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NEW ZEALAND: Government Proposes Overhaul of Employer-Supported Work Visas [UPDATED 14/10/19]

The New Zealand government has proposed significant changes to the employer-assisted work visa framework which, if implemented, will affect all New Zealand employers supporting work visa applications and all individuals applying for employer-supported work visas.

What are the proposed changes?

Gateway Framework

A “gateway framework” is set to replace all employer-supported work visa categories. Three stages will have to be passed before a work visa can be approved:

1. Employer check

This involves mandatory accreditation of all employers seeking to support work visa applications. Three categories of accreditation are proposed, including standard accreditation, labour hire accreditation and high-volume accreditation (for employers recruiting more than five foreign workers over a 12 month period).

2. Job check

This phase will introduce:

  • Regional labour market test rules; or
  • Relevant industry sector agreements; or
  • No labour market testing for salaries at 200% of the median wage (currently NZD 104,000).

3. Individual check

This final stage will assess the identity, character, health, qualifications and experience of the work visa applicant.

Work to residence (accredited employer)

  • The minimum base salary for a work to residence visa will be increased, from NZD 55,000 to NZD 79,560.
  • The option to get a permanent resident visa after two years of holding a work to residence visa, with a salary of more than NZD 90,000 will be removed. Employees will still be able to acquire standard residence but will need to continue living in New Zealand for a further two years to obtain a permanent resident visa.
  • Employer accreditation will be limited to 24 months as this category is phased out, by 2021.

Removing the ANZSCO skill level assessment for Work Visas

  • Jobs will instead be classified as “low” or “high” paid. This will be based on whether the hourly rate is above or below the median wage (currently $25).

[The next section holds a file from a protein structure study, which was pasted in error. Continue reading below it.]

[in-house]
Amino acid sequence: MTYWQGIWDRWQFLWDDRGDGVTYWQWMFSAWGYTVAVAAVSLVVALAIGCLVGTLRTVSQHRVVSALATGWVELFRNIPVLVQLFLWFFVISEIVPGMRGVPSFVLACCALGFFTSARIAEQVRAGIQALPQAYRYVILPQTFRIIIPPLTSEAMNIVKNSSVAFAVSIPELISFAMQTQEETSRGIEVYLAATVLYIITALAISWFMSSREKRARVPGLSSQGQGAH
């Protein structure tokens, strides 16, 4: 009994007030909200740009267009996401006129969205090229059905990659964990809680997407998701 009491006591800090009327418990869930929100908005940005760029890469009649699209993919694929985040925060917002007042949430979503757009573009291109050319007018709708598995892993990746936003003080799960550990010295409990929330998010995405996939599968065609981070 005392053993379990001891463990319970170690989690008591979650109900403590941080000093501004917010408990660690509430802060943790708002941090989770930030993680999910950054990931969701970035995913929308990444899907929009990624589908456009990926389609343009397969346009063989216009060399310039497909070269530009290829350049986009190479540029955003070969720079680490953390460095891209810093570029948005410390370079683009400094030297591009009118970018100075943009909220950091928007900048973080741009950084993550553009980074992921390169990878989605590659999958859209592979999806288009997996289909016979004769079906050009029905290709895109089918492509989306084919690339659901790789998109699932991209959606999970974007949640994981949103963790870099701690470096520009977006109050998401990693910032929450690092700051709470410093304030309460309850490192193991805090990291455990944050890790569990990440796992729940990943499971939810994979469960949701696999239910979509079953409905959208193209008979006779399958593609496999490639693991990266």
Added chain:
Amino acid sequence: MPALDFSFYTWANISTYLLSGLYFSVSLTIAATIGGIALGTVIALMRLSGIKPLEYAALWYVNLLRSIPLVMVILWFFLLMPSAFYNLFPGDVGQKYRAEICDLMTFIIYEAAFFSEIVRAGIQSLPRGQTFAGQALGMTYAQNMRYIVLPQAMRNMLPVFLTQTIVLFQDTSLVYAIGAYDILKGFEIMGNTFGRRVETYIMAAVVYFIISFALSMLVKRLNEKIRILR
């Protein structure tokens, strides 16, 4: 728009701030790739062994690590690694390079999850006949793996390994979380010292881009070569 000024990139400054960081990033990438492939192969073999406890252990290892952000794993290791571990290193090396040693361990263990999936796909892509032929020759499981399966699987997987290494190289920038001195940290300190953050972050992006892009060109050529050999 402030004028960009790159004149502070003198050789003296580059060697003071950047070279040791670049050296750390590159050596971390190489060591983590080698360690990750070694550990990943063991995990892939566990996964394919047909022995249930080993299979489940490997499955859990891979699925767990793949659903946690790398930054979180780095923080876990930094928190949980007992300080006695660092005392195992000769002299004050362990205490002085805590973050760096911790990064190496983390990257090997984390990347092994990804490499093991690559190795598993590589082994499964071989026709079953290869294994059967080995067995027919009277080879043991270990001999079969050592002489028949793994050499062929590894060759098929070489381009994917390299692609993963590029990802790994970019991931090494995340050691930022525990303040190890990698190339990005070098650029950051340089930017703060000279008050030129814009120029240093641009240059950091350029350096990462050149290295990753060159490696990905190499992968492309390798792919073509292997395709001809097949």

• Pay rate together with "Labour Market Region" will determine the length of visa issued.
  • This change will be introduced in mid-2020.
  • ANZSCO will be retained for Skilled Migrant Residence Visa assessments.
  • ANZSCO will still be used to ensure that the rate of pay is not less than market rate and the visa applicant is suitably qualified.

Introduction of sector agreements

To be negotiated with sectors who employ high numbers of foreign workers, in an attempt to reduce reliance on migrant labour. Sectors to be targeted include:

  • Residential care
  • Meat processing
  • Dairy
  • Forestry
  • Tourism and hospitality
  • Road Freight TransportResidential care and meat processing agreements are to be introduced first, in mid-2020.

Removing dependent visa restrictions for low paid workers

Provided the minimum income threshold is met, low paid workers can:

  • Support a partner for a visitor (not work) visa; and
  • Support dependent children for visas as domestic students.

This new policy will be introduced in mid-2020.

Retaining the stand-down period for low paid workers and family

  • The stand down period will continue for low-paid workers, forcing them to depart New Zealand after holding three 12-month visas.
  • The first group of impacted foreign workers must leave New Zealand, from August 2020.

Our Advice

Employers who may be affected are encouraged to contact a Newland Chase immigration specialist for case-specific advice.

This alert was prepared with information provided by Cavell Leitch.

DISCLAIMER: The information contained in this immigration alert has been abridged from laws, court decisions, and administrative rulings and should not be construed or relied upon as legal advice. If you have specific questions regarding the applicability of this information, please contact Peregrine © 2021 Peregrine Immigration Management Ltd.